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Video introducing EGS research of the Snake River Geothermal Consortium

Screenshot of INL video on FORGE (source: YouTube)
Alexander Richter Alexander Richter 11 Jan 2016

The Idaho National Laboratory (INL) posted a great video introducing its EGS research as part of the FORGE program.

The Idaho National Laboratory (INL) posted a great video introducing FORGE: Frontier Observatory for Research in Geothermal Energy and its Engineered/ Enhanced Geothermal Systems research test site in the state of Idaho.

The video features Rob Podgorney (INL FORGE lead), Travis McLing (INL), and Tom Wood (University of Idaho) discussing the FORGE project and why the Idaho National Laboratory site is an ideal location for an enhanced geothermal systems laboratory.

You can see the video at YouTube, or in the embedded video below. Via Twitter and the hashtag #SnakeRiverFORGE you can also find more posts on the project. There is also a great feature story available.

 

Background on the Snake River Geothermal Consortium

Website: http://snakerivergeothermal.org/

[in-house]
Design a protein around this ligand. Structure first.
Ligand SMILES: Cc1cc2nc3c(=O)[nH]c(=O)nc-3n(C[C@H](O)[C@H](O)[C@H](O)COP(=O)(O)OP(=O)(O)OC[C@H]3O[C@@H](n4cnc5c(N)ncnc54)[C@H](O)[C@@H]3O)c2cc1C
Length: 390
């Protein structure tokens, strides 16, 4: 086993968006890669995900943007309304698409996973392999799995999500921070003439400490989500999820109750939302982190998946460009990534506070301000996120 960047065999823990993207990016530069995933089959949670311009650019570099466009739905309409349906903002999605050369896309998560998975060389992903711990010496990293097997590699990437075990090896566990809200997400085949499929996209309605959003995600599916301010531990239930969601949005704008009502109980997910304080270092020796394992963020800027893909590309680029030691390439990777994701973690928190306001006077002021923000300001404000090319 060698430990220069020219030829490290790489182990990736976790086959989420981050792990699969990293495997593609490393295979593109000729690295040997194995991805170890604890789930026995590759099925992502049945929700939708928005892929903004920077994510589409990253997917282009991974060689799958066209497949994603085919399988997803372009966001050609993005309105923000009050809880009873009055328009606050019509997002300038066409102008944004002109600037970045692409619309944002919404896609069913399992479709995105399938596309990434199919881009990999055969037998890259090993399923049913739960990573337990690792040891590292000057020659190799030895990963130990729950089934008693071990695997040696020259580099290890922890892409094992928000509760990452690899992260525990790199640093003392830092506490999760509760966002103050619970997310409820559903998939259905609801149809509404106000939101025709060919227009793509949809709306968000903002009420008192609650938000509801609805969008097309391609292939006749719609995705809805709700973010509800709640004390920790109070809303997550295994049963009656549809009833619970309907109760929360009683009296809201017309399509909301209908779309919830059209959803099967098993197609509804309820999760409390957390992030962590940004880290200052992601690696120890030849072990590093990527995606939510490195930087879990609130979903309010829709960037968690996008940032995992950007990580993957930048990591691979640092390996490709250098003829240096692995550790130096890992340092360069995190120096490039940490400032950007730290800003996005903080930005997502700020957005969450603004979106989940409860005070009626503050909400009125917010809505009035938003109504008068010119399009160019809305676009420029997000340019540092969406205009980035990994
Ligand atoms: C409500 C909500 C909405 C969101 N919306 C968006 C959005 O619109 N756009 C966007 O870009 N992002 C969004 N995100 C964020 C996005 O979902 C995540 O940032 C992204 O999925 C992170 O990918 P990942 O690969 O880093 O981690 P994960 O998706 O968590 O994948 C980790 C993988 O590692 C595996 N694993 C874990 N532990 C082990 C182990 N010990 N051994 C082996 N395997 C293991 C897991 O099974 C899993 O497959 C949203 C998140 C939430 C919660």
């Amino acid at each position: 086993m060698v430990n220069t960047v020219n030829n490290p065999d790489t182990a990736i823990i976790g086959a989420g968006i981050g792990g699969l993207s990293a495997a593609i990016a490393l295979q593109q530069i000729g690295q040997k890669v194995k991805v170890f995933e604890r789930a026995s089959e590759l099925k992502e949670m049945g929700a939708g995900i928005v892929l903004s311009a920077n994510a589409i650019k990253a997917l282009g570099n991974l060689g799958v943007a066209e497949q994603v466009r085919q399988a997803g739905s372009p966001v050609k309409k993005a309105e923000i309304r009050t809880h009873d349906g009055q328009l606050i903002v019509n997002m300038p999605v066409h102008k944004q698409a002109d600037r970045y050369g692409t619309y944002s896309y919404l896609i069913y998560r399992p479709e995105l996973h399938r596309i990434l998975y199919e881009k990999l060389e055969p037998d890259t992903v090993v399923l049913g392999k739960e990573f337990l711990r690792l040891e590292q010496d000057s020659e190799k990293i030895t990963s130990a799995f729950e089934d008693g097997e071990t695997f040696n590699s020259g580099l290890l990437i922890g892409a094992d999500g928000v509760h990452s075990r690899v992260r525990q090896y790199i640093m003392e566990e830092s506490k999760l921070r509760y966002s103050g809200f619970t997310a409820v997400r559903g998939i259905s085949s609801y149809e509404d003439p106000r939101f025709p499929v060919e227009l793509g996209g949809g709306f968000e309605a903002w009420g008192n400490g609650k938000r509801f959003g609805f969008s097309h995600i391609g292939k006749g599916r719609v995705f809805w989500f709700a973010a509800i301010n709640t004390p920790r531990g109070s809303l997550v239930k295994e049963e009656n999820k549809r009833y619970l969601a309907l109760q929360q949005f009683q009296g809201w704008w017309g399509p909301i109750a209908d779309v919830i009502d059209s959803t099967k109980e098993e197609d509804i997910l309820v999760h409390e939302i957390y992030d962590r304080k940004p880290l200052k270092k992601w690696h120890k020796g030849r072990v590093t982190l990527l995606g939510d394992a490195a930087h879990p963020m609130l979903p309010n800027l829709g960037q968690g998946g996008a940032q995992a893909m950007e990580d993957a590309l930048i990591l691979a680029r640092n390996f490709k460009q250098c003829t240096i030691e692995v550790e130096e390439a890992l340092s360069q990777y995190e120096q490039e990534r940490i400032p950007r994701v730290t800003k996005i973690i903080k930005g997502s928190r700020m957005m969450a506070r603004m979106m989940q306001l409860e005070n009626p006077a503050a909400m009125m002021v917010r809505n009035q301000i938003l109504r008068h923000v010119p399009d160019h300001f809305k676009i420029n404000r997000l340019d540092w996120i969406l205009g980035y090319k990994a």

Idaho National Laboratory is leading the team vying to host and operate an enhanced geothermal systems (EGS) field laboratory for the U.S. Department of Energy. The Snake River Geothermal Consortium (SRGC) was one of five teams selected in April 2015 by the DOE’s Office of Energy Efficiency and Renewable Energy to participate in the first phase of the Frontier Observatory for Research in Geothermal Energy (FORGE) initiative.

The SRGC FORGE team includes members from national laboratories, universities, industry, and federal agencies. An Advisory Panel has also been established to help guide the efforts; it includes representatives from government, regulatory agencies, industry, environmental NGOs, and others.

Why Idaho and the Snake River Plain?

The Snake River Plain, which encompasses much of southeastern Idaho, is located along the Yellowstone Hot Spot, an area renowned for its high underground heat. This area has some of the highest recorded heat flow and subsurface tempteratures in the U.S. It was identified in a MIT report, “The Future of Geothermal Energy”, as one of the top sites for EGS in the United States.

Technical Team Members

Advisory Panel